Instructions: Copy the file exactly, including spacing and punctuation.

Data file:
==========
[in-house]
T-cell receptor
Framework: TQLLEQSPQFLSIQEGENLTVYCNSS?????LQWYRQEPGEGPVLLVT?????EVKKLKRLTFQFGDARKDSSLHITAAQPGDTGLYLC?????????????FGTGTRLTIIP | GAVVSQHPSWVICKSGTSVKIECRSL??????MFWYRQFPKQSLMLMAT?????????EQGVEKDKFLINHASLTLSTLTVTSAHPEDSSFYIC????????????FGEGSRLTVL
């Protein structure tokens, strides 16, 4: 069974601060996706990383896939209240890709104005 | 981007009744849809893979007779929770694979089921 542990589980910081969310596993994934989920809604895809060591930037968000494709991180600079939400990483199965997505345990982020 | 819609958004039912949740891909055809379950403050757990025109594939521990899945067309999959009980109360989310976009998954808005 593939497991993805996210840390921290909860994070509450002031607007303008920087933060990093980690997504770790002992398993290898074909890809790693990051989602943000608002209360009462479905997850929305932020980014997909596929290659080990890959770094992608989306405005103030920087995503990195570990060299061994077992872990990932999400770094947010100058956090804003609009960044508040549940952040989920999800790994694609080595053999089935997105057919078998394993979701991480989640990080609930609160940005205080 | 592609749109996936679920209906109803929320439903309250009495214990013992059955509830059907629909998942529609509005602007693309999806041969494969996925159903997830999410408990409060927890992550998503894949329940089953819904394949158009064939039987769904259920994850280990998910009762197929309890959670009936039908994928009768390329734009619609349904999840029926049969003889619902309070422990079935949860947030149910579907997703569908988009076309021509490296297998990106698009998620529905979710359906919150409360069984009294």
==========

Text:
[in-house]
T-cell receptor
Framework: TQLLEQSPQFLSIQEGENLTVYCNSS?????LQWYRQEPGEGPVLLVT?????EVKKLKRLTFQFGDARKDSSLHITAAQPGDTGLYLC?????????????FGTGTRLTIIP | GAVVSQHPSWVICKSGTSVKIECRSL??????MFWYRQFPKQSLMLMAT?????????EQGVEKDKFLINHASLTLSTLTVTSAHPEDSSFYIC????????????FGEGSRLTVL
């Protein structure tokens, strides 16, 4: 069974601060996706990383896939209240890709104005 | 981007009744849809893979007779929770694979089921 542990589980910081969310596993994934989920809604895809060591930037968000494709991180600079939400990483199965997505345990982020 | 819609958004039912949740891909055809379950403050757990025109594939521990899945067309999959009980109360989310976009998954808005 593939497991993805996210840390921290909860994070509450002031607007303008920087933060990093980690997504770790002992398993290898074909890809790693990051989602943000608002209360009462479905997850929305932020980014997909596929290659080990890959770094992608989306405005103030920087995503990195570990060299061994077992872990990932999400770094947010100058956090804003609009960044508040549940952040989920999800790994694609080595053999089935997105057919078998394993979701991480989640990080609930609160940005205080 | 592609749109996936679920209906109803929320439903309250009495214990013992059955509830059907629909998942529609509005602007693309999806041969494969996925159903997830999410408990409060927890992550998503894949329940089953819904394949158009064939039987769904259920994850280990998910009762197929309890959670009936039908994928009768390329734009619609349904999840029926049969003889619902309070422990079935949860947030149910579907997703569908988009076309021509490296297998990106698009998620529905979710359906919150409360069984009294």